• Anadarko’s proposed drilling operations “certainly could” harm the mineral estate’s value. Light stated that a casing failure in the field can cause damage to Lightning Oil’s producing formation.
  • Anadarko’s drilling program would trigger an offset drilling obligation under its lease costing millions of dollars that “would disrupt our drilling plan completely”
  • Anadarko’s drilling pipe passing through Lightning Oil’s mineral estate “will probably disrupt our drilling program [because] [t]hose pipes will be in the way of our wells,” and that it is “very difficult and costly” to turn and change drilling direction
  • Any damage caused by a casing failure could be quantified and compensable based on reserve estimates
  • The obligation to drill offset wells and associated expense would be present even if Anadarko drilled from a different surface location
  • The wellbore for Lightning Oil’s proposed well would never encounter any portion of Anadarko’s planed wellbores because of the 330-foot spacing rules for the field

Bagnall, the petroleum engineer for Lightning Oil, testified that:

  • There were “several known productive intervals” and others with “definite potential production” above the Eagle Ford Shale
  • There were risks associated with drilling a well, including casing failures or underground blowouts that could damage formations and make them “irreparable”
  • There was a “high likelihood that it probably won’t happen”
  • Anadarko “probably will not lose control of the wells,” but that “it doesn’t preclude that it might happen”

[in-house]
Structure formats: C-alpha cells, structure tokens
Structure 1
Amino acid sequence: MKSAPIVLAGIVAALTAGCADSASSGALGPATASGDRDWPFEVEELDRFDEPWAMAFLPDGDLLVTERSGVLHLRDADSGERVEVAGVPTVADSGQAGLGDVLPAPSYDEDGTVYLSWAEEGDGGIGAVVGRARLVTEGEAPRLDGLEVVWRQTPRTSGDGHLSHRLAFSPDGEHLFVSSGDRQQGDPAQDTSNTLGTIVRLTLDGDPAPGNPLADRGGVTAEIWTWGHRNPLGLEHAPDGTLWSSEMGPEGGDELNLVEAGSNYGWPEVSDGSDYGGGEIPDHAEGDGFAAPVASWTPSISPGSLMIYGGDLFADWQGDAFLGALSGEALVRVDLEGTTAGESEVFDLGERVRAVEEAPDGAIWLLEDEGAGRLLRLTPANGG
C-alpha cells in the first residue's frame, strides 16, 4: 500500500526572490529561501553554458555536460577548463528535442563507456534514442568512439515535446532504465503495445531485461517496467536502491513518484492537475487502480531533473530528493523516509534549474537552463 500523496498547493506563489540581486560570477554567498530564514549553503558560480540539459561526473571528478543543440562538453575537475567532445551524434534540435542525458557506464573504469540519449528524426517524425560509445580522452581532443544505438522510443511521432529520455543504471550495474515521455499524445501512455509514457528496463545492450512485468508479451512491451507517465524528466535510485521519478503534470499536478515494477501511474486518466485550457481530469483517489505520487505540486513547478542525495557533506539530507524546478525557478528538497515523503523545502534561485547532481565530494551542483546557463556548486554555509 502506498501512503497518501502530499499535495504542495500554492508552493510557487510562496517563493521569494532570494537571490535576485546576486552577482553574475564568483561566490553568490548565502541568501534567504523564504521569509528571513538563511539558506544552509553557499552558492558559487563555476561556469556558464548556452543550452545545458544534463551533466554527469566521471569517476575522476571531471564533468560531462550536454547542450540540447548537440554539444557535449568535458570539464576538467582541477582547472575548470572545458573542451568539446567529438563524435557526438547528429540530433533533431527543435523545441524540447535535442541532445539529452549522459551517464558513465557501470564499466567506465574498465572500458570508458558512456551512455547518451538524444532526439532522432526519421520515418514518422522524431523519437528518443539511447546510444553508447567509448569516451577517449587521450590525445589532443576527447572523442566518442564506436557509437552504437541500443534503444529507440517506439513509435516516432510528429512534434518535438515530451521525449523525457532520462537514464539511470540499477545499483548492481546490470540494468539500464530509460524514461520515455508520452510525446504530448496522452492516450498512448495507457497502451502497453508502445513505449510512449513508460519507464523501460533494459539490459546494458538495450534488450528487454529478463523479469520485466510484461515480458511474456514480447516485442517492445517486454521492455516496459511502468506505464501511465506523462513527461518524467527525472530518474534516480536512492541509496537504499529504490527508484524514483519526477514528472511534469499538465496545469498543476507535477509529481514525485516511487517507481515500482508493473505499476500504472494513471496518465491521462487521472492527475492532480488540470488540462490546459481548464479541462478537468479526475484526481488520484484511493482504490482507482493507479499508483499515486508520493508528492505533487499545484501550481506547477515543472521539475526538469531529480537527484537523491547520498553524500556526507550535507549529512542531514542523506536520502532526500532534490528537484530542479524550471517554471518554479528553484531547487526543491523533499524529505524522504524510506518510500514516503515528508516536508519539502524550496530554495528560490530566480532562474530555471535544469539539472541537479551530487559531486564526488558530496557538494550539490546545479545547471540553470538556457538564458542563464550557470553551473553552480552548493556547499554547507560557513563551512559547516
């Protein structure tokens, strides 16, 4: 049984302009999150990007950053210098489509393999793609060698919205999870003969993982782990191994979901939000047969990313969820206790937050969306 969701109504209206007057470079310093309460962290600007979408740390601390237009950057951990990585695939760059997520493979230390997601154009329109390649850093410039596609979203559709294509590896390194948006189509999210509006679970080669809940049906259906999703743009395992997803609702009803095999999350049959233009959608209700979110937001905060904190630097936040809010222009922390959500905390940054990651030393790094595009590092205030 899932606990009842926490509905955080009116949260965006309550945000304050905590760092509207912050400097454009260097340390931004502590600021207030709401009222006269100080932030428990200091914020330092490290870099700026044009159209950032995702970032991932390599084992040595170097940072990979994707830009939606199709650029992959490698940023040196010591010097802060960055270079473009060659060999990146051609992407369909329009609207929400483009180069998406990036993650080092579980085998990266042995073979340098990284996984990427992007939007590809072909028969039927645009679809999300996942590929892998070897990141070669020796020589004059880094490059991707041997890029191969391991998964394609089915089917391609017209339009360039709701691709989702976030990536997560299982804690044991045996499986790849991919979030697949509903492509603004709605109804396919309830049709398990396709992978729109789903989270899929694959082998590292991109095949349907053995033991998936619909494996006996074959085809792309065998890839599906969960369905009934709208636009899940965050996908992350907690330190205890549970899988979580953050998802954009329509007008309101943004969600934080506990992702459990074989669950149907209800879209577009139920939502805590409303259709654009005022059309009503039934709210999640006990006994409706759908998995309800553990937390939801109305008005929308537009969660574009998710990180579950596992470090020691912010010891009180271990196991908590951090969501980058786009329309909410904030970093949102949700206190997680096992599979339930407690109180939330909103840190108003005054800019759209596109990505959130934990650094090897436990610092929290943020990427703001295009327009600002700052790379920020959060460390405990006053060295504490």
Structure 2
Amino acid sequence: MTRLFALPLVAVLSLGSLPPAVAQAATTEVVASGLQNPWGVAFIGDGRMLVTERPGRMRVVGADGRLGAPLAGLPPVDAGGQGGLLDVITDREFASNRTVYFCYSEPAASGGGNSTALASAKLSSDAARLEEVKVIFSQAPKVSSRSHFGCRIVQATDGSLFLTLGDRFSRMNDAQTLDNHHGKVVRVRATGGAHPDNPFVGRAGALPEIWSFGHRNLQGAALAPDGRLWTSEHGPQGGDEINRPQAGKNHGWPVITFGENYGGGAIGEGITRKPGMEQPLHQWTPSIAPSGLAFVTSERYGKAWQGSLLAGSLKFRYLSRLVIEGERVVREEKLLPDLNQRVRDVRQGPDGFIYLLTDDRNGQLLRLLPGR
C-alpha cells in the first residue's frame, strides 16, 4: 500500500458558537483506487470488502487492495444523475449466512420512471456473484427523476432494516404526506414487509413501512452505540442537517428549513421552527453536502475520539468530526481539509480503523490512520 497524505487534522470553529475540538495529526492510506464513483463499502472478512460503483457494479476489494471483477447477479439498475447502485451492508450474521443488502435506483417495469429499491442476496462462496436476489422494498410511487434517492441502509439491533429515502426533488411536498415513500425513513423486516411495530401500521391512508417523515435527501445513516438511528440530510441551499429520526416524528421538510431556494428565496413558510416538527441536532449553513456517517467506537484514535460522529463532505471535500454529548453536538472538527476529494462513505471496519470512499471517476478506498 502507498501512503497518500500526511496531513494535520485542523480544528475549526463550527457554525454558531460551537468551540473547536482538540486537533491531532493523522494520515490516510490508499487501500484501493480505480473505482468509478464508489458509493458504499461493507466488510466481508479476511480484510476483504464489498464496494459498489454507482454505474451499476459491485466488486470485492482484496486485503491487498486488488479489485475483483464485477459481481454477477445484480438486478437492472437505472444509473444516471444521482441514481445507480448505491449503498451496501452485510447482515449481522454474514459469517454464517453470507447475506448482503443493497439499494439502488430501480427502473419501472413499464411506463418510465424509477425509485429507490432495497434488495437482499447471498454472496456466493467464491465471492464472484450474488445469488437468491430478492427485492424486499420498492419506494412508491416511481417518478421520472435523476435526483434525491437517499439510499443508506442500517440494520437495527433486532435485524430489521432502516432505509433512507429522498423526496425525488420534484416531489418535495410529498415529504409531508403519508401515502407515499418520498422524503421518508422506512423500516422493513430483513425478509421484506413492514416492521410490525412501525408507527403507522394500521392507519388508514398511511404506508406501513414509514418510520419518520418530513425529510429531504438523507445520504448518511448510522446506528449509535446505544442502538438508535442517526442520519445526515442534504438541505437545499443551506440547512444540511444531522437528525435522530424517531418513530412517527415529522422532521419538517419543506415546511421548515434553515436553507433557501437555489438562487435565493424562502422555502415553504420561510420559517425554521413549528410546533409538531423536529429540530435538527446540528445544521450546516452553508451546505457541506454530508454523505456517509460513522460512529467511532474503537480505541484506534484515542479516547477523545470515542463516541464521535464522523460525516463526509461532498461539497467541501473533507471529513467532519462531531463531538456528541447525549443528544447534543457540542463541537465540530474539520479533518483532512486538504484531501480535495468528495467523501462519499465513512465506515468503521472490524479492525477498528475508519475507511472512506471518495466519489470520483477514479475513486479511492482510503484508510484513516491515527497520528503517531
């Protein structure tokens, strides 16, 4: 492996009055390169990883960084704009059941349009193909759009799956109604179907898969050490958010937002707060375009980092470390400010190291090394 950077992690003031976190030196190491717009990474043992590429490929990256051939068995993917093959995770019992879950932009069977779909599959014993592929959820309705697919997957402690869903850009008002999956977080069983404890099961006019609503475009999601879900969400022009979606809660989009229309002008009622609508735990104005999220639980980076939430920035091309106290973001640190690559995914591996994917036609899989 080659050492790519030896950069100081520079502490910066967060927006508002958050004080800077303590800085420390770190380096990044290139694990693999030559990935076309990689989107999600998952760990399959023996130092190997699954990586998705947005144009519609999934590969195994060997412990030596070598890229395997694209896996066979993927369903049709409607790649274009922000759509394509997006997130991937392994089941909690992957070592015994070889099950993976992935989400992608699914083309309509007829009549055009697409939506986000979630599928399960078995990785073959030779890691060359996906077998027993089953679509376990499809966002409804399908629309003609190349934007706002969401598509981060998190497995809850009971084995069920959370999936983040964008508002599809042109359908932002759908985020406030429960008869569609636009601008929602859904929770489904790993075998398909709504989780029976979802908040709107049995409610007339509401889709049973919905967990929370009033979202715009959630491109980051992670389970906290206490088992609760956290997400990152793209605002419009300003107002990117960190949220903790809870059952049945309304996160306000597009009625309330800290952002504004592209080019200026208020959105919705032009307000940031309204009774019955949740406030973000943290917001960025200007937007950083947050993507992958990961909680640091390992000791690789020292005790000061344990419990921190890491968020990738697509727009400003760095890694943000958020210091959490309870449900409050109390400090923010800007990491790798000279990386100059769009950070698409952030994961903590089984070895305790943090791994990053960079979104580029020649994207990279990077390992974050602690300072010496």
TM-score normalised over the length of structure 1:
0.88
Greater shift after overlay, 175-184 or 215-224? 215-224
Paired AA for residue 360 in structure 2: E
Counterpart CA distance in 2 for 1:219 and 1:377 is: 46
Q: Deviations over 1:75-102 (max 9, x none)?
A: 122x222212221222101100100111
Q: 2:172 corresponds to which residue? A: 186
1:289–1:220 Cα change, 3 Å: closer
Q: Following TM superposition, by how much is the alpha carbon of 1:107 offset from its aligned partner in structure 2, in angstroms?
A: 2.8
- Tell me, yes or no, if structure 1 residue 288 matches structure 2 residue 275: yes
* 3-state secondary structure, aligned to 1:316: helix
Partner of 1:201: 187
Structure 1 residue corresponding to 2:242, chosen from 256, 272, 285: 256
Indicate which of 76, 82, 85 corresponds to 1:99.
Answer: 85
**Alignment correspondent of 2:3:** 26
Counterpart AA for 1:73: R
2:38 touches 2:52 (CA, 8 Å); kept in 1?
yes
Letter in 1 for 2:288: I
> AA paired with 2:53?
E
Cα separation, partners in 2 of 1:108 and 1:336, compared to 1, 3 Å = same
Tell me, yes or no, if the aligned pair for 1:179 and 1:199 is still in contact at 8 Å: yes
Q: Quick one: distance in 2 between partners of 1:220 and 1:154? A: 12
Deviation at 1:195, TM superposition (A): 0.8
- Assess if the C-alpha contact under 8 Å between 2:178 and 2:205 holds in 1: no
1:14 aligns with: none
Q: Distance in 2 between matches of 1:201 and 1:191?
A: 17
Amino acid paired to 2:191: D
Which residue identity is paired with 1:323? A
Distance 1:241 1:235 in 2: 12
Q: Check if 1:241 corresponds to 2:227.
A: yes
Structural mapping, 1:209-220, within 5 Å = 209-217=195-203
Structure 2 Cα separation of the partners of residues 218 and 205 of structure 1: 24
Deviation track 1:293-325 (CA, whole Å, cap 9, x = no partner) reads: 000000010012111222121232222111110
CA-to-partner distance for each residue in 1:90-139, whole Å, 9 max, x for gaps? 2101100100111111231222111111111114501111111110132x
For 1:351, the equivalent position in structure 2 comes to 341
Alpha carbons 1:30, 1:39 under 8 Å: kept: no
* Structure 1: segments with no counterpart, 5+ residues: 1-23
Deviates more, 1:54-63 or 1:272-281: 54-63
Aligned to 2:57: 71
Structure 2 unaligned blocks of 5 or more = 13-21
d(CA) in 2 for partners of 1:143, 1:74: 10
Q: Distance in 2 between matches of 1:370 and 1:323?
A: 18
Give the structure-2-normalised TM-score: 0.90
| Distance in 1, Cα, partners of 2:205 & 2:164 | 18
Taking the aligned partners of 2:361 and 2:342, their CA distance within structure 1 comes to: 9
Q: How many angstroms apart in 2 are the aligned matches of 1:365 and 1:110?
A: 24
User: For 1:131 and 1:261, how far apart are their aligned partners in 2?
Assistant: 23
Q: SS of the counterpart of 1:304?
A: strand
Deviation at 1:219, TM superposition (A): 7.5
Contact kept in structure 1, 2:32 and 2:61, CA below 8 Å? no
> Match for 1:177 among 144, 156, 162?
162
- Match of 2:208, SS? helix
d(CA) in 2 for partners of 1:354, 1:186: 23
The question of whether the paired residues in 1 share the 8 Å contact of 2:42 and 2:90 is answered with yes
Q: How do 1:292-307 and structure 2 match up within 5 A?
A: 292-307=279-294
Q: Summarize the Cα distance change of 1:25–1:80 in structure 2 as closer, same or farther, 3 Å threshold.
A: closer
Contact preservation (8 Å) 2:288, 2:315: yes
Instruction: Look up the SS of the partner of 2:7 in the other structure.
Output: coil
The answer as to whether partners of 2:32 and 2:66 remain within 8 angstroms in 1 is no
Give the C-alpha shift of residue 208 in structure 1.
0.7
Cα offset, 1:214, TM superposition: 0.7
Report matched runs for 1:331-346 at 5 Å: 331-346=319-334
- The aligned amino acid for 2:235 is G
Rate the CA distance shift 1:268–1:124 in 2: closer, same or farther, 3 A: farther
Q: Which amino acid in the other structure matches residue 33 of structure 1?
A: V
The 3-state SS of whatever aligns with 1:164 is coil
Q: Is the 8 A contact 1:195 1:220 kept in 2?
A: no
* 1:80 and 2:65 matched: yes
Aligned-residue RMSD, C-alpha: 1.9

• Anadarko’s proposed operations would not interfere with Lightning Oil’s proposed operations, except that Lightning Oil’s drilling plans would need to be altered based on how much pipeline Anadarko lays and where they put it, which could result in a significant expense to Lightning Oil

The court of appeals held that Light’s and Bagnall’s testimony failed to prove that Lightning Oil’s potential future injuries are not quantifiable or compensable. Moreover, Lightning Oil failed to prove that any injury to its mineral estate, and its rights to develop the mineral estate, is “probable, imminent and irreparable” in the interim pending trial. As a result, the San Antonio Court of Appeals concluded that the district court did not abuse its discretion in denying Lightning Oil’s application for a temporary injunction.

Conclusion This case demonstrates how difficult it can be to stop planned drilling operations before a trial on the merits, even as offsite drill pads for horizontal drilling become increasingly common. While the holding in Lightning Oil Co. v. Anadarko is critical to operators involved in offsite drilling operations, the court of appeals expressly declined to address issues related to trespass, and whether a third-party surface owner with no interest in the mineral estate has the right to consent to such drilling activity. These questions will be answered as Lightning Oil Co. and other cases like it work their way through the Texas courts.